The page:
Feb 14, 2014

[Movies] Jeff, Who Lives At Home (2011)

I had seen mentions of Jeff, Who Lives At Home around the web as part of lists of movies to see or movies of interest, but had otherwise not heard much about it. So on one of those days when I was alone at the Sietch, I figured I might as well kill some time by watching it and seeing what it was all about.

I've written about how I enjoy occasionally going into a movie experience completely blind. There's something about the totally raw process of true discovery that happens when a story unfolds before your eyes for the very first time.

And then the movie starts with, well, Jason Segel. I'm pretty sure that my partner, Tobie, has a thing for this guy, especially when he's trending more on the chunky side. And while he's a funny guy in general, there's the odd movie that doesn't quite rub me the right way. I guess it's because his brand of humor dances on the edge of what I can tolerate in terms of the more low brow sort of comedies that Hollywood likes churning out. And while this movie had small touches of that, the rest of it felt very indie in tone and storytelling style. And I don't mean that in a bad way.


Synopsis: Jeff, Who Lives At Home is a 2011 comedy drama movie written and directed by Jay and Mark Duplass. It premiered at the 2011 Toronto International Film Festival.

Jeff (Jason Segel) is a bit of a washout. He pretty much just gets high at home since he's unemployed and remains dependent on his mother (Susan Sarandon) for support. Jeff's older brother Pat (Ed Helms) is more successful career-wise, however his marriage is falling apart. Sharon, the mom, is naturally frustrated with Jeff's lack of direction in life but is also still busy with her own office job. But naturally one thing leads to another as things develop.

Jeff is convinced that there are signs and symbols to be found in terms of life and a simple errand to buy wood glue leads to a weird journey around the city as he searches for a "Kevin." Pat buys a fancy new car since he thinks he deserves it, but this naturally infuriates his wife, Linda (Judy Greer). As she goes off, Pat suspects that she's having an affair with some third party. And Sharon starts to receive a series of messages at work from a secret admirer, if only she can figure out who this person may be.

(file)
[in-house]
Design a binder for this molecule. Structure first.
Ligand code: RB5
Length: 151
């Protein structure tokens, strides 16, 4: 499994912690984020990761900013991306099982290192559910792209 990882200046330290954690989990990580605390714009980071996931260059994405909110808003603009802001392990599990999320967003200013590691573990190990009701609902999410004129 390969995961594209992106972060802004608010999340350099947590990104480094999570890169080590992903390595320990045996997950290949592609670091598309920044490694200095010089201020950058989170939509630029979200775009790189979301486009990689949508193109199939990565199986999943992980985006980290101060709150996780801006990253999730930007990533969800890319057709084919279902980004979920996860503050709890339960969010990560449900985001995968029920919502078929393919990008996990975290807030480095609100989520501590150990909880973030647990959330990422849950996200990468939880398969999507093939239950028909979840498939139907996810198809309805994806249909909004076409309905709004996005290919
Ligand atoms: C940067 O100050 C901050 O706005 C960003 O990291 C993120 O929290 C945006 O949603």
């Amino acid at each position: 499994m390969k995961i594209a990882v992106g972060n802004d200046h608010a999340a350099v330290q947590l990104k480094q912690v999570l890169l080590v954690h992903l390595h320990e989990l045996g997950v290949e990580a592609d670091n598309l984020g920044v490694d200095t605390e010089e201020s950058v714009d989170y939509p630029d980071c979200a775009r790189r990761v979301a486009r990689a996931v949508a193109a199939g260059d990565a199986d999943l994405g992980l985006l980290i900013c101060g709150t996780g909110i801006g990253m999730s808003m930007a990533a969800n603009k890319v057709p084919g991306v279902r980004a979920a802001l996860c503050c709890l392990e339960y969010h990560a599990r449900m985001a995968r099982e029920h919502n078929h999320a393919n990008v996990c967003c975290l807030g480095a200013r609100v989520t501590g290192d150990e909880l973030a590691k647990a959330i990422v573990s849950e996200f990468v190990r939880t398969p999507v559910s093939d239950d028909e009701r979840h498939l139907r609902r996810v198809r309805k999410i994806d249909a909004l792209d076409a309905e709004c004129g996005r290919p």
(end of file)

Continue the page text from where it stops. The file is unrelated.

Initially the movie goes about the plot in a manner that is as unfocused and seemingly directionless as Jeff's life. And I'm sure this was rather intentional - we are following around a protagonist who thinks that the movie Signs holds special meaning for his life and he's out to find the signs in his own life. It almost seems like he has some sort of mental disability (no offense), but really it's just because he's a little slow with a fair amount of weed constantly in his system. Or at least that's the impression that I got.

But there's a sense of hope and wonder in the way that Jeff goes through life - especially in stark contrast to Pat's increasing paranoia. It ultimately felt like Helms was pretty much just rehashing his character from The Office, which I admit he's good at but it didn't feel all that new either. So there were moments when it was funny and novel and other times it was just crazy and creepy.

Susan Sarandon's storyline is a rather brilliant one that start out in a rather subtle manner and escalates quickly enough. Admittedly I loved the contrast that her scenes presented for the story since it still feel like her story was of a faster pace than Jeff's meandering path. Ironically, Jeff's story mostly took place outside of the home in contrast to what the title presented as a premise. And that's just an observation more than anything else.

As far as comedies go, the movie had its funny moments. They range from ridiculous physical comedy to more thoughtful "oh I guess life's like that" sort of moments as well. I think it left me more thoughtful more than anything else and I wasn't immediately decided if I liked the movie at all. I think it's safe to say that I did, though.

Jeff, Who Lives at Home is an interesting little story that is ultimately a family tale more than anything else. I don't foresee a heck of a lot of people liking the movie given the tone, but it's at least worth a viewing. Thus I'd rate it as a respectable 3.5 strange Jeff rationalizations out of a possible 5.


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